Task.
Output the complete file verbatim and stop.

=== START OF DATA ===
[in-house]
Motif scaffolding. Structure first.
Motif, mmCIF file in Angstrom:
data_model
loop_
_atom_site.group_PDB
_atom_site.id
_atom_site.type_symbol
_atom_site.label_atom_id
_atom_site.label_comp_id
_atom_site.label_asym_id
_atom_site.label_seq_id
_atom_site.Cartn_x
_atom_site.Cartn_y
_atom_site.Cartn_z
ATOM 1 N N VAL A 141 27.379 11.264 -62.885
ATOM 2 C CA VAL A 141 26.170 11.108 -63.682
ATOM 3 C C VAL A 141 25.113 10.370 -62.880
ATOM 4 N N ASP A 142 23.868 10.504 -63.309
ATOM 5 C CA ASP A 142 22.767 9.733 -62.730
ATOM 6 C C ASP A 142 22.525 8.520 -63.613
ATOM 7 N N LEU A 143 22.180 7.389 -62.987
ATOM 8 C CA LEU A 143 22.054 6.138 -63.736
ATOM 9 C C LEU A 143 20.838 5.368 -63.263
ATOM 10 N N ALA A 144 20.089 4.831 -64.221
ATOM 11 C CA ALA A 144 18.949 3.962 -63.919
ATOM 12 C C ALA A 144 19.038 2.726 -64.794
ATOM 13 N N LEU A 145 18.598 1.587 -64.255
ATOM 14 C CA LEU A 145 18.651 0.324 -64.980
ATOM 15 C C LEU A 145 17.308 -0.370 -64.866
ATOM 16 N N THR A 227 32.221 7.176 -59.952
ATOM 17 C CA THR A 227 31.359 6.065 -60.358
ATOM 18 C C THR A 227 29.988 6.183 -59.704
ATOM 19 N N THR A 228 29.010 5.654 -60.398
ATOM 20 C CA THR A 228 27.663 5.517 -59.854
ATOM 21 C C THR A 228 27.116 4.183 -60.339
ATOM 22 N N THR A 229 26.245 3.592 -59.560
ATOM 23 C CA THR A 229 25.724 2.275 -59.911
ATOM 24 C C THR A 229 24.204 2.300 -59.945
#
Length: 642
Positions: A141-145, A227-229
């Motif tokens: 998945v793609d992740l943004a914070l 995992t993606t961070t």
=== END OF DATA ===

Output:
[in-house]
Motif scaffolding. Structure first.
Motif, mmCIF file in Angstrom:
data_model
loop_
_atom_site.group_PDB
_atom_site.id
_atom_site.type_symbol
_atom_site.label_atom_id
_atom_site.label_comp_id
_atom_site.label_asym_id
_atom_site.label_seq_id
_atom_site.Cartn_x
_atom_site.Cartn_y
_atom_site.Cartn_z
ATOM 1 N N VAL A 141 27.379 11.264 -62.885
ATOM 2 C CA VAL A 141 26.170 11.108 -63.682
ATOM 3 C C VAL A 141 25.113 10.370 -62.880
ATOM 4 N N ASP A 142 23.868 10.504 -63.309
ATOM 5 C CA ASP A 142 22.767 9.733 -62.730
ATOM 6 C C ASP A 142 22.525 8.520 -63.613
ATOM 7 N N LEU A 143 22.180 7.389 -62.987
ATOM 8 C CA LEU A 143 22.054 6.138 -63.736
ATOM 9 C C LEU A 143 20.838 5.368 -63.263
ATOM 10 N N ALA A 144 20.089 4.831 -64.221
ATOM 11 C CA ALA A 144 18.949 3.962 -63.919
ATOM 12 C C ALA A 144 19.038 2.726 -64.794
ATOM 13 N N LEU A 145 18.598 1.587 -64.255
ATOM 14 C CA LEU A 145 18.651 0.324 -64.980
ATOM 15 C C LEU A 145 17.308 -0.370 -64.866
ATOM 16 N N THR A 227 32.221 7.176 -59.952
ATOM 17 C CA THR A 227 31.359 6.065 -60.358
ATOM 18 C C THR A 227 29.988 6.183 -59.704
ATOM 19 N N THR A 228 29.010 5.654 -60.398
ATOM 20 C CA THR A 228 27.663 5.517 -59.854
ATOM 21 C C THR A 228 27.116 4.183 -60.339
ATOM 22 N N THR A 229 26.245 3.592 -59.560
ATOM 23 C CA THR A 229 25.724 2.275 -59.911
ATOM 24 C C THR A 229 24.204 2.300 -59.945
#
Length: 642
Positions: A141-145, A227-229
């Motif tokens: 998945v793609d992740l943004a914070l 995992t993606t961070t």